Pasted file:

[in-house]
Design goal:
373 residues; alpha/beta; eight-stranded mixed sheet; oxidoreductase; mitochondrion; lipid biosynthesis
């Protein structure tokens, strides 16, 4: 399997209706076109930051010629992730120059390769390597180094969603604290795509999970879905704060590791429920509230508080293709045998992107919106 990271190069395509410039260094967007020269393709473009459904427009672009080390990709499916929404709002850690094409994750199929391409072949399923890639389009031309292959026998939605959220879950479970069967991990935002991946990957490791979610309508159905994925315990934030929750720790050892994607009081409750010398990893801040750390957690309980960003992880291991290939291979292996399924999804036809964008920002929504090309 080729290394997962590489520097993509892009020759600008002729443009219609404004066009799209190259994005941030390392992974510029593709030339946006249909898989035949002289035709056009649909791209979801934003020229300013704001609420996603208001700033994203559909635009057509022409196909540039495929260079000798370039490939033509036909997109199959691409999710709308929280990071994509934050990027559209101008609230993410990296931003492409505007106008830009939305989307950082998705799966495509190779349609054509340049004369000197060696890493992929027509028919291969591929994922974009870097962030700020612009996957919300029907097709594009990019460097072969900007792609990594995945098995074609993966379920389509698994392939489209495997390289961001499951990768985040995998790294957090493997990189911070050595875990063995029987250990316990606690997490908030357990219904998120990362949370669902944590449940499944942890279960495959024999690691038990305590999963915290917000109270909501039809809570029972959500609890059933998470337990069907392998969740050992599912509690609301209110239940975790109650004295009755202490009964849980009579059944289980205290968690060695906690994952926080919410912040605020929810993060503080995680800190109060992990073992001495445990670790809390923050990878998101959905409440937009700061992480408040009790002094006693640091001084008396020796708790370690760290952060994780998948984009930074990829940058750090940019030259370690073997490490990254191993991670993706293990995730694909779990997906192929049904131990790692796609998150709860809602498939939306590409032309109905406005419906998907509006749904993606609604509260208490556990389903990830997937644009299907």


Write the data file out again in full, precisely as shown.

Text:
[in-house]
Design goal:
373 residues; alpha/beta; eight-stranded mixed sheet; oxidoreductase; mitochondrion; lipid biosynthesis
């Protein structure tokens, strides 16, 4: 399997209706076109930051010629992730120059390769390597180094969603604290795509999970879905704060590791429920509230508080293709045998992107919106 990271190069395509410039260094967007020269393709473009459904427009672009080390990709499916929404709002850690094409994750199929391409072949399923890639389009031309292959026998939605959220879950479970069967991990935002991946990957490791979610309508159905994925315990934030929750720790050892994607009081409750010398990893801040750390957690309980960003992880291991290939291979292996399924999804036809964008920002929504090309 080729290394997962590489520097993509892009020759600008002729443009219609404004066009799209190259994005941030390392992974510029593709030339946006249909898989035949002289035709056009649909791209979801934003020229300013704001609420996603208001700033994203559909635009057509022409196909540039495929260079000798370039490939033509036909997109199959691409999710709308929280990071994509934050990027559209101008609230993410990296931003492409505007106008830009939305989307950082998705799966495509190779349609054509340049004369000197060696890493992929027509028919291969591929994922974009870097962030700020612009996957919300029907097709594009990019460097072969900007792609990594995945098995074609993966379920389509698994392939489209495997390289961001499951990768985040995998790294957090493997990189911070050595875990063995029987250990316990606690997490908030357990219904998120990362949370669902944590449940499944942890279960495959024999690691038990305590999963915290917000109270909501039809809570029972959500609890059933998470337990069907392998969740050992599912509690609301209110239940975790109650004295009755202490009964849980009579059944289980205290968690060695906690994952926080919410912040605020929810993060503080995680800190109060992990073992001495445990670790809390923050990878998101959905409440937009700061992480408040009790002094006693640091001084008396020796708790370690760290952060994780998948984009930074990829940058750090940019030259370690073997490490990254191993991670993706293990995730694909779990997906192929049904131990790692796609998150709860809602498939939306590409032309109905406005419906998907509006749904993606609604509260208490556990389903990830997937644009299907």